Off-Centre | Society

The Amy Cooper incident shows why we need to return to liberal values

Christian Cooper

Christian Cooper

On the day George Floyd was killed, another incident in New York’s Central Park went viral and led to a furious social media backlash. We must consider it because it offers some important insights into not just racism but also the paradoxes of today’s man-woman relationships, and the need for situational analysis.

Christian Cooper, a birdwatcher, cited park rules and asked Amy Cooper, a white woman, to leash her dog, which appears to have enraged her. The video footage, taken by Christian, shows an infuriated Amy threatening to call the police and report that an “African-American man” was threatening her life, indicating that she is all too conscious of the relationship between black men and the police. And when she calls the police, she is heard affecting a shaky voice. The video sparked widespread outrage, forcing Amy to apologise, but she was later fired from her job.

Two things strike me. One was the extraordinary understanding with which Christian responded to the backlash against Amy. In an interview with The New York Times , he condemned the death threats to Amy, saying her life need not have been torn apart. “Any of us can make, not necessarily a racist mistake, but a mistake,” he said.

Christian’s anxiousness not to have Amy’s life picked apart by social media was heartening; it is the sound of empathy, something very different from the political shibboleth of the Twitter Left. According to Christian, Amy’s apology was sincere. She said she isn’t racist, and Christian seems to think that it’s true. And this is the second thing that strikes me about the incident: Amy most probably is not racist but it is the opportunity racism offers that compelled her to take that wild swing in the park.

“She went racial,” Christian says, “There are certain dark societal impulses that she, as a white woman facing a conflict with a black man, thought she could marshal to her advantage.”

The opportunity

The incident proves that in an illiberal world one cannot trust oneself to be good; to not exploit certain chinks in culture and law to victimise one’s opponent. Because, often, it’s the opportunity of crime that compels crime, and not a criminal mind in itself. More importantly, it shows that if one can’t trust oneself to be good, far less can one trust another person’s word. The Central Park incident advocates for a return to some old-fashioned liberal values — objectivity in law and temperament, or at least faith in (a pretence of) objectivity.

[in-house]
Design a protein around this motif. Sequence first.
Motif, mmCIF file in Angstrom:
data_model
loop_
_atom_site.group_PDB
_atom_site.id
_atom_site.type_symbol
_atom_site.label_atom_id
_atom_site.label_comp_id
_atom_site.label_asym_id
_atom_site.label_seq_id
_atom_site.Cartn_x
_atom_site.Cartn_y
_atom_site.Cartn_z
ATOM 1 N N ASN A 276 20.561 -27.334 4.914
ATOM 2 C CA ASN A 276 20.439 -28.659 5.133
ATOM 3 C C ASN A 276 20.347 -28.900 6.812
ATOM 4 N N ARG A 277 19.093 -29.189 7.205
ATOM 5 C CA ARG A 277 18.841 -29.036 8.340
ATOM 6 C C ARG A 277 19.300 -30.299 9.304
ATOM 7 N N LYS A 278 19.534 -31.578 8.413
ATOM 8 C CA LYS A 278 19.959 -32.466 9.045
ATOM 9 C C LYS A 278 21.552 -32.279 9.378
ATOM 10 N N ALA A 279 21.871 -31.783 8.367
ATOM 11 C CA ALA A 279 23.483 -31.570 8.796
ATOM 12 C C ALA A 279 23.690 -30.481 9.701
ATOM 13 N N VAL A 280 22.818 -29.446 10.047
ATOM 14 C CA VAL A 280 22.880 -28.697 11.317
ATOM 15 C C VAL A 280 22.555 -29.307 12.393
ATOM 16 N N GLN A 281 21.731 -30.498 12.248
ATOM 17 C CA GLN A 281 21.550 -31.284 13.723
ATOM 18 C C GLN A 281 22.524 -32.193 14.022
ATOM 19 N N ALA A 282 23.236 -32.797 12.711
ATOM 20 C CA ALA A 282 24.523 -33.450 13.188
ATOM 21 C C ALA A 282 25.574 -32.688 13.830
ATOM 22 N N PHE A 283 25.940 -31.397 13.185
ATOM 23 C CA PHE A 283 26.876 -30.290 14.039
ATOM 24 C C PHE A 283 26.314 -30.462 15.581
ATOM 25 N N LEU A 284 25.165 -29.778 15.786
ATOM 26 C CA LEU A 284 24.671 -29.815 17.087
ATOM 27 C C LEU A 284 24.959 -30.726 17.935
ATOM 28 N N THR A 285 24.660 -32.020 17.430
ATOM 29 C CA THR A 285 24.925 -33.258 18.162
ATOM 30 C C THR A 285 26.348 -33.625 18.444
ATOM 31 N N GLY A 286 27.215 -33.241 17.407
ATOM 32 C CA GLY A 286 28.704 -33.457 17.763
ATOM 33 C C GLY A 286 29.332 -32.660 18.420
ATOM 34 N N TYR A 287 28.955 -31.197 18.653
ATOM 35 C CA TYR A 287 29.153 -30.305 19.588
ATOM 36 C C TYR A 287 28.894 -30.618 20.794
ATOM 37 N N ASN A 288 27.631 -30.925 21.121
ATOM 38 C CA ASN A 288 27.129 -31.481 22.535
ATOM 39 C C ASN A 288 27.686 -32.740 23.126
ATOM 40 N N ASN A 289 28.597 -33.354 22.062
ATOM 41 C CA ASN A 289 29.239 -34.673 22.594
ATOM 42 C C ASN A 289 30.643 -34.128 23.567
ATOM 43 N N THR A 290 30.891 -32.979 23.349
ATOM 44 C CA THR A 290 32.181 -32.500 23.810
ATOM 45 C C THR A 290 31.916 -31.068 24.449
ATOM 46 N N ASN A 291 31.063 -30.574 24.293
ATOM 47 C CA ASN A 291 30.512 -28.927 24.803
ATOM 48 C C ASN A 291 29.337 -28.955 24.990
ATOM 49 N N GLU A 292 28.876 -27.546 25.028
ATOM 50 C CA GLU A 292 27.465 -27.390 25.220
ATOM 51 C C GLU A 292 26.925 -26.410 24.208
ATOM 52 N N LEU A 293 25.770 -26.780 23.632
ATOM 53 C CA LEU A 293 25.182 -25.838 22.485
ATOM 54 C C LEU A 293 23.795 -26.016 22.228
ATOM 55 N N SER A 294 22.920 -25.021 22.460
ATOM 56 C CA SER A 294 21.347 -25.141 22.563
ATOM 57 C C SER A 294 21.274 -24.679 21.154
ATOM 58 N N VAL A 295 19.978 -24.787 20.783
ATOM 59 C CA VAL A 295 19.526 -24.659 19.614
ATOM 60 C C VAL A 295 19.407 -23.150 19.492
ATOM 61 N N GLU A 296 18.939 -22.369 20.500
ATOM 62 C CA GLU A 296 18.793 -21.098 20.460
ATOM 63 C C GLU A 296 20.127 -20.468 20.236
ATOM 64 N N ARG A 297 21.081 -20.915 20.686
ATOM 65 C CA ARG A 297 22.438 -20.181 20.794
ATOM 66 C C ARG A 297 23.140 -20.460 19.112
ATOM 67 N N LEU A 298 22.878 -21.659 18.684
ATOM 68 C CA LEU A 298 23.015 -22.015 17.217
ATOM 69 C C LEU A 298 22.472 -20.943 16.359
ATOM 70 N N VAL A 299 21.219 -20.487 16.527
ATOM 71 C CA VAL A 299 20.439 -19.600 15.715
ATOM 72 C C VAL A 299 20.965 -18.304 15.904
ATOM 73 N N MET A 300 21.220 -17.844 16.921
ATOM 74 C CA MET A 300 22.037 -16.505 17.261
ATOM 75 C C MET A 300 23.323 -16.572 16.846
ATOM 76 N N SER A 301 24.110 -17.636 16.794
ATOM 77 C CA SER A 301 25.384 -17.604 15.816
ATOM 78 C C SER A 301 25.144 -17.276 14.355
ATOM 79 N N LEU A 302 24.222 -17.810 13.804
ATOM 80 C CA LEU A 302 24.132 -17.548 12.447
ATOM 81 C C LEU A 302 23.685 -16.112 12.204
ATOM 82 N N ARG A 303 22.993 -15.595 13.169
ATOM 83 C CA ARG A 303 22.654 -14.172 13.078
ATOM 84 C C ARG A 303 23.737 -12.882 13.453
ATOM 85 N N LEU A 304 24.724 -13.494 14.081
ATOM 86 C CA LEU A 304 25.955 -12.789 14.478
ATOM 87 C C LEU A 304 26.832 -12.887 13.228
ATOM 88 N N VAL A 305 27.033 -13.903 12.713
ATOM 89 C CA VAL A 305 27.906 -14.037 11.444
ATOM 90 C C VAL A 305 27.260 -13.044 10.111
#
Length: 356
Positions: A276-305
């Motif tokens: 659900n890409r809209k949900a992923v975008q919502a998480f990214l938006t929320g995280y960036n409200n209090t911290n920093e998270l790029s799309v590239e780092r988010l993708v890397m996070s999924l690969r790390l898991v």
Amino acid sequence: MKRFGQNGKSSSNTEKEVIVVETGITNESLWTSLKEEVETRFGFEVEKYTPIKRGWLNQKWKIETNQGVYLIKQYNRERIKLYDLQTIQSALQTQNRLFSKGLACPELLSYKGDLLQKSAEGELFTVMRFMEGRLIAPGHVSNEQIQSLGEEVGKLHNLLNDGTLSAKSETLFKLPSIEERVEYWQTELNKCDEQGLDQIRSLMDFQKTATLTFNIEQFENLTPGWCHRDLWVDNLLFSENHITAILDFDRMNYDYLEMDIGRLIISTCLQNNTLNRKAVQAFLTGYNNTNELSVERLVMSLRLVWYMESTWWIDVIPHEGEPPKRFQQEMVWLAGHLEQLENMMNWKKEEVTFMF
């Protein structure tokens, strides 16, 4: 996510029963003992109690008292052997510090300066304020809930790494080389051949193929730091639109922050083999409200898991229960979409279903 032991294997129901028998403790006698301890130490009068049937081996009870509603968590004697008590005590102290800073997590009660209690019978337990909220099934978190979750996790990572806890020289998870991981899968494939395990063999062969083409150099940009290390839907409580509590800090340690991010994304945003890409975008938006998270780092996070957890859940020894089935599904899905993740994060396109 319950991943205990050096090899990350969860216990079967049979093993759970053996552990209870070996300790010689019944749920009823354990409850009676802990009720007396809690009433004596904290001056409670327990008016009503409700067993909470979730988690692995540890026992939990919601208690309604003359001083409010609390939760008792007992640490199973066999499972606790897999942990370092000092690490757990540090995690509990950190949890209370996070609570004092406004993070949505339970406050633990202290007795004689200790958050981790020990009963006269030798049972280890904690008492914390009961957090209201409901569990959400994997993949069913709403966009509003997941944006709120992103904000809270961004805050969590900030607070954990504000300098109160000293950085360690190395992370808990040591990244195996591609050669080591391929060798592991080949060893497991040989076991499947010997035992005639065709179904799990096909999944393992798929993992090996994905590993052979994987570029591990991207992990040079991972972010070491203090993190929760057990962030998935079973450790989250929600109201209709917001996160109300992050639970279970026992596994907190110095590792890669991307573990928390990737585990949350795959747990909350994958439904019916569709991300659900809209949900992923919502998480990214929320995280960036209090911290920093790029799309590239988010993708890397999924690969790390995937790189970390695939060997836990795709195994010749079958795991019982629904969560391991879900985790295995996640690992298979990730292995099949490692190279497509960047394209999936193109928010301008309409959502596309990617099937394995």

One might examine some fiercely guarded slogans of the women’s movement in this regard, not merely because they are illiberal and Amy could have easily used them against Christian with as much power, but curiously because they are ignorant of black history. For example, #BelieveWomen, a woke slogan now used widely in India, has its origins in the West, but seems incredibly unaware of the long history of white women falsely implicating black men on sexual assault charges.

Amy Cooper in Central Park

Amy Cooper in Central Park

One among the many victims in this history is Emmett Till, a 14-year-old African American boy who was kidnapped, beaten up and shot in the head in Mississippi in 1955 for allegedly being “menacing and sexually crude” towards a white woman, Carolyn Bryant. Years later, Bryant confessed that parts of her testimony — especially where she accused Till of verbal abuse and of touching her inappropriately — were fabricated.

That black men threaten the bodily integrity of white women was a widely believed theology of the racist South. It was the moral force behind several lynchings. A similar belief was used against Indians during the British Raj — it influenced E.M. Forster’s A Passage to India , where a white woman accuses an Indian man of sexually assaulting her in a cave and nearly ruins his life.

If a woman can frame a man on a sexual assault charge motivated by racism, why would she not do so for personal and, therefore, more intensely felt reasons like jealousy, envy or malice? Similarly, if a man can frame false charges against a woman knowing he will get away with it, what prevents him from doing so?

Credible danger

This is in no way to imply that any women might have lied in the #MeToo movement. On the contrary, the high risk of misuse of #BelieveWomen comes from its high credibility. If a woman accuses a man of sexual misconduct, it is likely to be true, which is why #BelieveWomen can be a potent weapon in the wrong hands. Say you are the CIA and you want to smoke a man out of an embassy where he has taken asylum, what is the most cost-effective way to do so? Do I hear a sexual assault charge?

The man’s reputation would be ruined — as advocates of #BelieveWomen rightly point out, there is overwhelming historical evidence of women being true with such charges. The man’s case of being a persecuted political prisoner will suddenly pale in importance to the sexual assault charge because the latter will come with the whole weight of women’s experience behind it, just as Amy’s spontaneous ‘racist mistake’ had behind it all the weight of knowledge of how the scales can be turned against a black man by a white woman. History can be a potent weapon to wield, even more so when you are aware of its power, as Amy probably was.

Maybe this is why we must bring back the faith in the original values of a liberal order, in due process, objectivity and situational analysis, no matter how frustrating they can be. If the liberal faith is bad, every other faith to hang your belief on will be worse, because in an illiberal world one cannot trust oneself to be good.

The Mumbai-based author writes on literature, culture and film.

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Printable version | Jun 11, 2022 3:24:59 am |